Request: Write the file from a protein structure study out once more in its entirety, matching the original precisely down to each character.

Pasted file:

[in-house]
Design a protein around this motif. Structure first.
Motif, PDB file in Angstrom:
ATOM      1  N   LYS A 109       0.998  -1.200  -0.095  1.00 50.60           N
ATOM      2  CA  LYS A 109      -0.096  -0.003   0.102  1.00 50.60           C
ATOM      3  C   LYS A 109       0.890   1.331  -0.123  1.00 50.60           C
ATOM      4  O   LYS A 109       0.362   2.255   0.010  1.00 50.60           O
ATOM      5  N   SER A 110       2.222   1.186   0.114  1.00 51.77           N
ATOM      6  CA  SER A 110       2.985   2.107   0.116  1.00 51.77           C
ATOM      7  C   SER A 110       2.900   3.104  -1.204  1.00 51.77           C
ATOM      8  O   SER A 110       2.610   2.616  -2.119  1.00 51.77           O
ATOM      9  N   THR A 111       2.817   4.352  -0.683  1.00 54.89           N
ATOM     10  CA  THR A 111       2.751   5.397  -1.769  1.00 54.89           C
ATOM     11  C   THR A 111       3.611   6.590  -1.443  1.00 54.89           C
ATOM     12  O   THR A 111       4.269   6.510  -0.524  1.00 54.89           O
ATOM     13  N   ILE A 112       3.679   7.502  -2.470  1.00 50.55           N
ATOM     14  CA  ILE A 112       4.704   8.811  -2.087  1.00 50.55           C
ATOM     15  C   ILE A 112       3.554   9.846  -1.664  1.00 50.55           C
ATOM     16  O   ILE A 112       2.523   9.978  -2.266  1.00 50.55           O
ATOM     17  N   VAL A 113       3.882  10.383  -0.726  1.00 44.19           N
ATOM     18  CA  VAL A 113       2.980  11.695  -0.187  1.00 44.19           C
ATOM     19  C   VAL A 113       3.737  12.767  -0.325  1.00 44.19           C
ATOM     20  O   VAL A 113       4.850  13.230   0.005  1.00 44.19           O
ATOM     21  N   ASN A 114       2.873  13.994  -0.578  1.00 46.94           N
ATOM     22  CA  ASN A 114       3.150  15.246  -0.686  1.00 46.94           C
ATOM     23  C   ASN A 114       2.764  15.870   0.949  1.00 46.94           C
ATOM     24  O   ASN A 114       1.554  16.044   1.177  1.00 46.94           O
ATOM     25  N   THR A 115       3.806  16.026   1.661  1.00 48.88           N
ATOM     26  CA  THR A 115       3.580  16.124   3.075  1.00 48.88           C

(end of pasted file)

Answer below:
[in-house]
Design a protein around this motif. Structure first.
Motif, PDB file in Angstrom:
ATOM      1  N   LYS A 109       0.998  -1.200  -0.095  1.00 50.60           N
ATOM      2  CA  LYS A 109      -0.096  -0.003   0.102  1.00 50.60           C
ATOM      3  C   LYS A 109       0.890   1.331  -0.123  1.00 50.60           C
ATOM      4  O   LYS A 109       0.362   2.255   0.010  1.00 50.60           O
ATOM      5  N   SER A 110       2.222   1.186   0.114  1.00 51.77           N
ATOM      6  CA  SER A 110       2.985   2.107   0.116  1.00 51.77           C
ATOM      7  C   SER A 110       2.900   3.104  -1.204  1.00 51.77           C
ATOM      8  O   SER A 110       2.610   2.616  -2.119  1.00 51.77           O
ATOM      9  N   THR A 111       2.817   4.352  -0.683  1.00 54.89           N
ATOM     10  CA  THR A 111       2.751   5.397  -1.769  1.00 54.89           C
ATOM     11  C   THR A 111       3.611   6.590  -1.443  1.00 54.89           C
ATOM     12  O   THR A 111       4.269   6.510  -0.524  1.00 54.89           O
ATOM     13  N   ILE A 112       3.679   7.502  -2.470  1.00 50.55           N
ATOM     14  CA  ILE A 112       4.704   8.811  -2.087  1.00 50.55           C
ATOM     15  C   ILE A 112       3.554   9.846  -1.664  1.00 50.55           C
ATOM     16  O   ILE A 112       2.523   9.978  -2.266  1.00 50.55           O
ATOM     17  N   VAL A 113       3.882  10.383  -0.726  1.00 44.19           N
ATOM     18  CA  VAL A 113       2.980  11.695  -0.187  1.00 44.19           C
ATOM     19  C   VAL A 113       3.737  12.767  -0.325  1.00 44.19           C
ATOM     20  O   VAL A 113       4.850  13.230   0.005  1.00 44.19           O
ATOM     21  N   ASN A 114       2.873  13.994  -0.578  1.00 46.94           N
ATOM     22  CA  ASN A 114       3.150  15.246  -0.686  1.00 46.94           C
ATOM     23  C   ASN A 114       2.764  15.870   0.949  1.00 46.94           C
ATOM     24  O   ASN A 114       1.554  16.044   1.177  1.00 46.94           O
ATOM     25  N   THR A 115       3.806  16.026   1.661  1.00 48.88           N
ATOM     26  CA  THR A 115       3.580  16.124   3.075  1.00 48.88           C